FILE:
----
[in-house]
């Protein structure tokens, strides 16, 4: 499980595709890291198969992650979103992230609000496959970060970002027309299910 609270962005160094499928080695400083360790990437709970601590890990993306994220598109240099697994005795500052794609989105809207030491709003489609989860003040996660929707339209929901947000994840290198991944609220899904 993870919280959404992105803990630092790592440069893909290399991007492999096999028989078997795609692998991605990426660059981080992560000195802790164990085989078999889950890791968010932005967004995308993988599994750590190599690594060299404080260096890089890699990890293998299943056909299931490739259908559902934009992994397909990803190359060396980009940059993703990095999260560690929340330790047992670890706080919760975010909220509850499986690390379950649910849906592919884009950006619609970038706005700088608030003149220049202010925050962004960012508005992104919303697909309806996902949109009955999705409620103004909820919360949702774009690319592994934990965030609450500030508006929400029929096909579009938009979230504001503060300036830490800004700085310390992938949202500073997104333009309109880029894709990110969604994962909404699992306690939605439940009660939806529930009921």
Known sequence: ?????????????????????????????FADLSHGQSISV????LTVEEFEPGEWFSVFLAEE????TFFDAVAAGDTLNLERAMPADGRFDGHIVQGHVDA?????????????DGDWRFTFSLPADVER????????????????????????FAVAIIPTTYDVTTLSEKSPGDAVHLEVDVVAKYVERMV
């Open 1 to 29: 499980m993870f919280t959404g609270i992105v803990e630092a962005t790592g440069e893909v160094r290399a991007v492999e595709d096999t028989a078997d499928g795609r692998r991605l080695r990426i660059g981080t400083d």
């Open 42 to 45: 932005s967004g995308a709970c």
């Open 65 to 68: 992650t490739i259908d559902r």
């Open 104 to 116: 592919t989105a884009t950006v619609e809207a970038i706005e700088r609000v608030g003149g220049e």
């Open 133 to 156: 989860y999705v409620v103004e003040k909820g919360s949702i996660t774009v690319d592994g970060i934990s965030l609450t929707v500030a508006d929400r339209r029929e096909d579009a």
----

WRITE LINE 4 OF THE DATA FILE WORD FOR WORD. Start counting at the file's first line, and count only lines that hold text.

């Open 1 to 29: 499980m993870f919280t959404g609270i992105v803990e630092a962005t790592g440069e893909v160094r290399a991007v492999e595709d096999t028989a078997d499928g795609r692998r991605l080695r990426i660059g981080t400083d």